IT WAS a triumphant two days of revenge, comebacks and just a touch of glamour for Wiltshire snooker ace Ben Harrison.
The 18-year-old from Hawkeridge stormed back from 2-1 down to dispose of former professional Alfie Burden 5-2 and claim a first ever tournament win on the English Association of Snooker & Billiards (EASB) Pro-Ticket Tour.
Victory at Cambridge Snooker Centre took Harrison up to third place after two of the four southern-section events.
“I played really solid all weekend,” he said. “It just shows how much my game’s come together. It used to all be about knocking in the breaks but my highest break across the weekend was just 73. My safety was good and my long potting was even better.”
And the 2008 EASB national under-19 finalist paid tribute to his sponsor, Steve White, from Bath Contract Flooring.
“I would like to thank Steve very much for keeping my mentality right throughout the weekend. He kept me going when I was down in the match and he has become a key person in my snooker career.”
Harrison beat Southampton’s Nick Jennings, 18, 4-3 from 2-0 down in the first round.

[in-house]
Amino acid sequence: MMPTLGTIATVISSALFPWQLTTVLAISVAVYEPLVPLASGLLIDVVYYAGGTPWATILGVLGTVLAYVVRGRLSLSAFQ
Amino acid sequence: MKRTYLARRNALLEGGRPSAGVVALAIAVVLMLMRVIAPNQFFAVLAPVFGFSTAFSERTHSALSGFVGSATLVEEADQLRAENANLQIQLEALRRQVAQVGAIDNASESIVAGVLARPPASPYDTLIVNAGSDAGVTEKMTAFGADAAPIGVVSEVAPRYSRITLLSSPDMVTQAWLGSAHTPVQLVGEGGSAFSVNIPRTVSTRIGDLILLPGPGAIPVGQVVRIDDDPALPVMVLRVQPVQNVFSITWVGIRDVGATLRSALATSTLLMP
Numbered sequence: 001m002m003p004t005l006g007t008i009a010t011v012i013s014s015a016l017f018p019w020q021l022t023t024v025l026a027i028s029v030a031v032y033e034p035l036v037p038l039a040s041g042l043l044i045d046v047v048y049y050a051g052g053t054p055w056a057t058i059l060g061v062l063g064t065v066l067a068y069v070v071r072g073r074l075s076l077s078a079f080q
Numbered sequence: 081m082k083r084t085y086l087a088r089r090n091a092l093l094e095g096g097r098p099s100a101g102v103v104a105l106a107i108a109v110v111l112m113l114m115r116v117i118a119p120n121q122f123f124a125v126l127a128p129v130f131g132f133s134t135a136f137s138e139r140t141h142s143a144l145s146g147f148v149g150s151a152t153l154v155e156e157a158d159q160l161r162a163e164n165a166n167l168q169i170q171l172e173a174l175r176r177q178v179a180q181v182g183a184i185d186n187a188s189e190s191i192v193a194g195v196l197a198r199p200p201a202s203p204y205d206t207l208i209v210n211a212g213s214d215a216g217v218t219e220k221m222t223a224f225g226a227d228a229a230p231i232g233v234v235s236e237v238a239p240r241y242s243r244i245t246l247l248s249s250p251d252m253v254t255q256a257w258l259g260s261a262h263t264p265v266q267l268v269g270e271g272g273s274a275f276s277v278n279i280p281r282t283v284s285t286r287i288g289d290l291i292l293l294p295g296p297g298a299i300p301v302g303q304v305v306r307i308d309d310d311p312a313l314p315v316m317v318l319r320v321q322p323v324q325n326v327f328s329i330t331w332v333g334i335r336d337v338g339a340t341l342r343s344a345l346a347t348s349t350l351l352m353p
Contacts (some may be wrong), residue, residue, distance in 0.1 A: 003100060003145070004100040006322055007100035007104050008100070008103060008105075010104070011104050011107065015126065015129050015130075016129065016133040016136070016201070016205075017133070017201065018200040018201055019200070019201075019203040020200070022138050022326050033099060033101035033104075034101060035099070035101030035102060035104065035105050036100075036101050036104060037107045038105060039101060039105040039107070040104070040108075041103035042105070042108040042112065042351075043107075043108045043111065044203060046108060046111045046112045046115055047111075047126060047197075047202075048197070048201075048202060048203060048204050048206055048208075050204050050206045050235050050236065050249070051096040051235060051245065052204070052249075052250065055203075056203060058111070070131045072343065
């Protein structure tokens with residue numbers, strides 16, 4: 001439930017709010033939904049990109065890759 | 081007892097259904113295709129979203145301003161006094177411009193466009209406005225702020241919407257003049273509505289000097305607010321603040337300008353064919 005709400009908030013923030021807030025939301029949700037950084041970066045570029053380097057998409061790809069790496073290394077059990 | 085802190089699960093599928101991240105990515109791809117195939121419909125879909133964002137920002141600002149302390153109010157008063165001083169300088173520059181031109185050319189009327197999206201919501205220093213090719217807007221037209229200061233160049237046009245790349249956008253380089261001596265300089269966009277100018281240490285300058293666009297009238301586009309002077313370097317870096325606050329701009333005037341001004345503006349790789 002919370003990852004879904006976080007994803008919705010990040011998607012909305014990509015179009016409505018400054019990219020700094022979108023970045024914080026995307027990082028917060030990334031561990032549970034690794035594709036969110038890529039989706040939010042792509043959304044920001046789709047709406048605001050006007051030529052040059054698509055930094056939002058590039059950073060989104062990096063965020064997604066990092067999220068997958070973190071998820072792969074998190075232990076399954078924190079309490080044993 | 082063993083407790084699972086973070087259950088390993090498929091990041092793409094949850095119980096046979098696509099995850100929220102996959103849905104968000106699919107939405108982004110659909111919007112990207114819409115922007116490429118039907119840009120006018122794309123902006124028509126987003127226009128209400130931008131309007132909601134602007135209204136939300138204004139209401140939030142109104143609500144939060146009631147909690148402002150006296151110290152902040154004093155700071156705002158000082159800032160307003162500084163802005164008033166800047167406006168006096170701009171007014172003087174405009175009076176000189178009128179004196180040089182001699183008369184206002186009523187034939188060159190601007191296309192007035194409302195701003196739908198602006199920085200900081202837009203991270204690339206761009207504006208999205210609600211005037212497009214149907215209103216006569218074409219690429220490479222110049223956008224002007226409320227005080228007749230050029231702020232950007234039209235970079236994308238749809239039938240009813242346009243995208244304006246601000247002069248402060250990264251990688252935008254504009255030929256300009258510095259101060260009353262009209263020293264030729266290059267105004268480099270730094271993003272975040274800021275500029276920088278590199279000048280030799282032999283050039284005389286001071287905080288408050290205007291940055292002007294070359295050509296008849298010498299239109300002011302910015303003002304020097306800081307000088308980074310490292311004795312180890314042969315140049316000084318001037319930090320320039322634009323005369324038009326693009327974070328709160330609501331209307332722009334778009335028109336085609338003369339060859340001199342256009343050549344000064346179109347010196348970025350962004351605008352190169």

After easing past Ronnie O’Sullivan’s stunning 27-year-old cousin and women’s world number two, Maria Catalano, 4-0 in the next, Harrison took his revenge on event-one tournament winner Rob James with a 4-2 victory.
James, from Burntwood, Staffs, had knocked Harrison out 4-0 in the last 32 in event one at Woking in September.
Waiting in the semi-finals was High Wycombe’s Matt Wilson who had beaten Harrison 2-1 in the Cuestars South of England Championship Tour final at Swindon last month.
Harrison won 4-3 from 3-2 down.
And in the final, Burden took a 2-1 lead but Harrison, as he had done all weekend, won from behind.
Harrison said: “Alfie played great all weekend and I thought I was in for a bashing at the start, but the important thing was I got that first frame with a 73.”
Now based at Players, in Westbury, where he has a pro-standard table, Harrison practises with world No 25 Stephen Lee, and good friend and world No 30 Judd Trump.
As well as playing snooker for six to eight hours a day, he also attends college part-time.
Harrison, who finished 55th on last season’s Pro-Ticket Tour, is one step closer to his dream of turning professional.
The top 16 from the north and south after four events qualify for stage two. After another three tournaments, the player ranked first gains a coveted Main Tour spot. The next 16 face a play-off for a second place.
Harrison said: “I’ve got a very good chance to get on the tour this season if I just keep practising very hard and keep believing in myself.”
Pictures by Kevin Legg